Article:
Take a look at the Central Desert Shire's "Accounts receivable" summary and you begin to get a picture of the complexity of shire operations. Their debtors range from small local businesses, a plethora of Aboriginal organisations and other NGOs to government departments. Most of it is quite in order, within the normal 30 day turnaround for accounts. But over $500,000 has been owed the shire for more than 90 days and a big swag of this is owed by Territory Housing. As at February 29 the amount was $403,992.06.
Some of that has since been paid. However invoices for over $300,000, relating to work done in 2010-11, are still being verified, according to a statement from the department.
At the last council meeting CEO Roydon Robertson told councillors that a number of shire CEOs had met with the head of the department to try to resolve their "massive concerns", as a result of which a working party was being formed.
This has apparently helped. KIERAN FINNANE reports.
Where will the money come from to pay rent for shire assets on Aboriginal land?
The eight Northern Territory shires are acting in concert on the issue of lease payments for shire facilities on Aboriginal land. The Northern and Central Land Councils' position is that traditional owners are entitled to rent for leases over the various land parcels once the Australian Government's five-year town leases expire in August. The Australian and NT Governments have accepted this, with the NT Government determining that rents should be set at 5-10% of UCV (unimproved capital value).This will amount to a bill of around $3 million annually for the NT, potentially rising to $5 million once all leases are settled. The leases for public housing land are exempt, with 'peppercorn' rents charged "in recognition of the direct benefit for local people", according to Minister for Local Government, Malarndirri McCarthy.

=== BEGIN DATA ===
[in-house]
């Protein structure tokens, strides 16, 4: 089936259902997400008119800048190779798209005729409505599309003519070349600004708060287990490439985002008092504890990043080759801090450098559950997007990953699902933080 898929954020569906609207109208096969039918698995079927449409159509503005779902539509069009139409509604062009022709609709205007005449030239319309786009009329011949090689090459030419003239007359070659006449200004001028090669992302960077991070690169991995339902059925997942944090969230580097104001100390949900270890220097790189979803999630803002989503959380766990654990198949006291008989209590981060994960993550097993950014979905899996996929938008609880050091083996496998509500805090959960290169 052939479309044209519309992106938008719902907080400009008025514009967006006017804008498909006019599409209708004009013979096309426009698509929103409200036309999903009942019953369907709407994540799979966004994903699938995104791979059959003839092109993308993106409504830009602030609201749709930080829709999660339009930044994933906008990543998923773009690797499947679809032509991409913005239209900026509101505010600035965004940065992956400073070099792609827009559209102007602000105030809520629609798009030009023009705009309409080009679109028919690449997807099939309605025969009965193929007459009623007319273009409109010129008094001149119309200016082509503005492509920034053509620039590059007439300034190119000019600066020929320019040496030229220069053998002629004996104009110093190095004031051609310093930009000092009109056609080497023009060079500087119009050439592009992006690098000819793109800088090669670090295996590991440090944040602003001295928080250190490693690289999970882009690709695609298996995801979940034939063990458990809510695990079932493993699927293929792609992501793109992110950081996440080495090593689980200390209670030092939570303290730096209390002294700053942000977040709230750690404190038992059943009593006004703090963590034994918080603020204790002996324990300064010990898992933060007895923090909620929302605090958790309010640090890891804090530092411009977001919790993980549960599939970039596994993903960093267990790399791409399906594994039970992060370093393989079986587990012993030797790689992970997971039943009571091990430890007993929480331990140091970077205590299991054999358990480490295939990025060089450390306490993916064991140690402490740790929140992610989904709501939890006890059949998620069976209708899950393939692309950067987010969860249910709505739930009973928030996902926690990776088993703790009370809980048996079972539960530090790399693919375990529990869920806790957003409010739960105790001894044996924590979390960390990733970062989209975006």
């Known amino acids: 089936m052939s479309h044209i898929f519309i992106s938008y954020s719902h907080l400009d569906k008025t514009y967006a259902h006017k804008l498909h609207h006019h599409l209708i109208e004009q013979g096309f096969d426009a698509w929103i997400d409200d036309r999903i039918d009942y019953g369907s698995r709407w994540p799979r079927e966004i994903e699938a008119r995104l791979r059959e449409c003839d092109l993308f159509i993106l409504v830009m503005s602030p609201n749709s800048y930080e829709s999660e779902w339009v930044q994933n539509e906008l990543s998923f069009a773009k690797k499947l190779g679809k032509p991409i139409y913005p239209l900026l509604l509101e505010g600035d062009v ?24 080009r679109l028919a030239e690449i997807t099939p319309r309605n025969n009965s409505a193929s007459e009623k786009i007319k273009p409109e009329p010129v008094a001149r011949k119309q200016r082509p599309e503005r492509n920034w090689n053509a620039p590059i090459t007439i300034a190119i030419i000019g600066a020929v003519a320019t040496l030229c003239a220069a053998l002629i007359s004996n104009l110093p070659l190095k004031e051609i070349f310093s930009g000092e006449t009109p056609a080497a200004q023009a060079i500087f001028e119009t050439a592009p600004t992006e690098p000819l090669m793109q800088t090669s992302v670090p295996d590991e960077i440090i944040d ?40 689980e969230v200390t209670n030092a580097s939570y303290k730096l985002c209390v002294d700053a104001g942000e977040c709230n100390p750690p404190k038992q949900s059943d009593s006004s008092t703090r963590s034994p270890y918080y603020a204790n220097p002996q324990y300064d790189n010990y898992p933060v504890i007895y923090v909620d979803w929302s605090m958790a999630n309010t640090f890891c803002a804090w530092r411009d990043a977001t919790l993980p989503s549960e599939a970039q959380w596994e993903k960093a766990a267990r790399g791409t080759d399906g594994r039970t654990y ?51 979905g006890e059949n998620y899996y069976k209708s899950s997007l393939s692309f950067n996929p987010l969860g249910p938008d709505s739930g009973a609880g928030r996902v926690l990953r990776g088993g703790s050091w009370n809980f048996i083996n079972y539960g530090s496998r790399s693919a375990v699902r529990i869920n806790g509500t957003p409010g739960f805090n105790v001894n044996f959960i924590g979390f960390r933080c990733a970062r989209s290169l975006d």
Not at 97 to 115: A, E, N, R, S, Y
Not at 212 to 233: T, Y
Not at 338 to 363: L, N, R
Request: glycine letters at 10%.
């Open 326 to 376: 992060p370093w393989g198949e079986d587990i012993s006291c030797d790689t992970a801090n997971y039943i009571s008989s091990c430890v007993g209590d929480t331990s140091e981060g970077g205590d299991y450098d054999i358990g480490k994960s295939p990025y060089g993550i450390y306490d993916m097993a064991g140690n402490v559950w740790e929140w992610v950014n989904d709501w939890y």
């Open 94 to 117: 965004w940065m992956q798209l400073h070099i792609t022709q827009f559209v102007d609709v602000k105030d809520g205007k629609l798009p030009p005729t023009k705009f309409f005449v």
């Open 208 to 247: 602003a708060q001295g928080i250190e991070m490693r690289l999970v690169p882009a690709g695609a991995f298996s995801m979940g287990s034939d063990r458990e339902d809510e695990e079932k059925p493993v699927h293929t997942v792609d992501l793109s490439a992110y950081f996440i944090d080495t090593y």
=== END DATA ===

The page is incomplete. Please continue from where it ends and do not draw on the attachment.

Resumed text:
The cash-strapped shires are appalled: already they are struggling to provide a basic level of service to their communities. Don't their services amount to a "direct benefit for local people"? And, with limited operational funding, rates revenue, and budgets patched together from grants and charges to agencies for delivering their programs, where will the money come from?
A meeting on January 24 was attended by representatives of the eight shires, a lawyer from the firm Minter Ellison to advise them, and representatives of the Australian and Territory Governments as well as the Local Government Association of the NT.
The eight shires agreed to five points of a joint approach. KIERAN FINNANE reports.
Pictured: Shire workers learning to undertake maintenance on work plant at the Ti Tree works depot. Photo courtesy Central Desert Shire.
Councillors of the Central Desert Shire – black and white – say the shire system time needs more time to prove itself. Most of those I spoke to will put their hands up again for election in March, including shire president Norbert Patrick. He says he would accept the leadership role again if asked, but would rather be just an elected member who could give new members the benefit of his experience.
I spoke to the councillors outside the chamber after they had met for the last time before the election. During the meeting shire CEO Roydon Robertson had raised the recent negative comments made about the shires by Aboriginal and Torres Strait Islander Social Justice Commissioner Mick Gooda, angrily dismissed by the CEO as "another insult". Mr Gooda was reported by the ABC to have called for the shires model to be scrapped, referring to its "total detrimental effect" on communities.
Councillors appeared to be in agreement with the CEO and the sentiments expressed by Kerry Moir, president of the Local Government Association of the NT (LGANT), who was appalled at Mr Gooda making such damaging statements just two months out from the shire elections. KIERAN FINNANE reports.
Pictured: Shire president Norbert Patrick and Councillor William Johnson, both of Lajamanu, outside the shire head office in Alice Springs last Friday.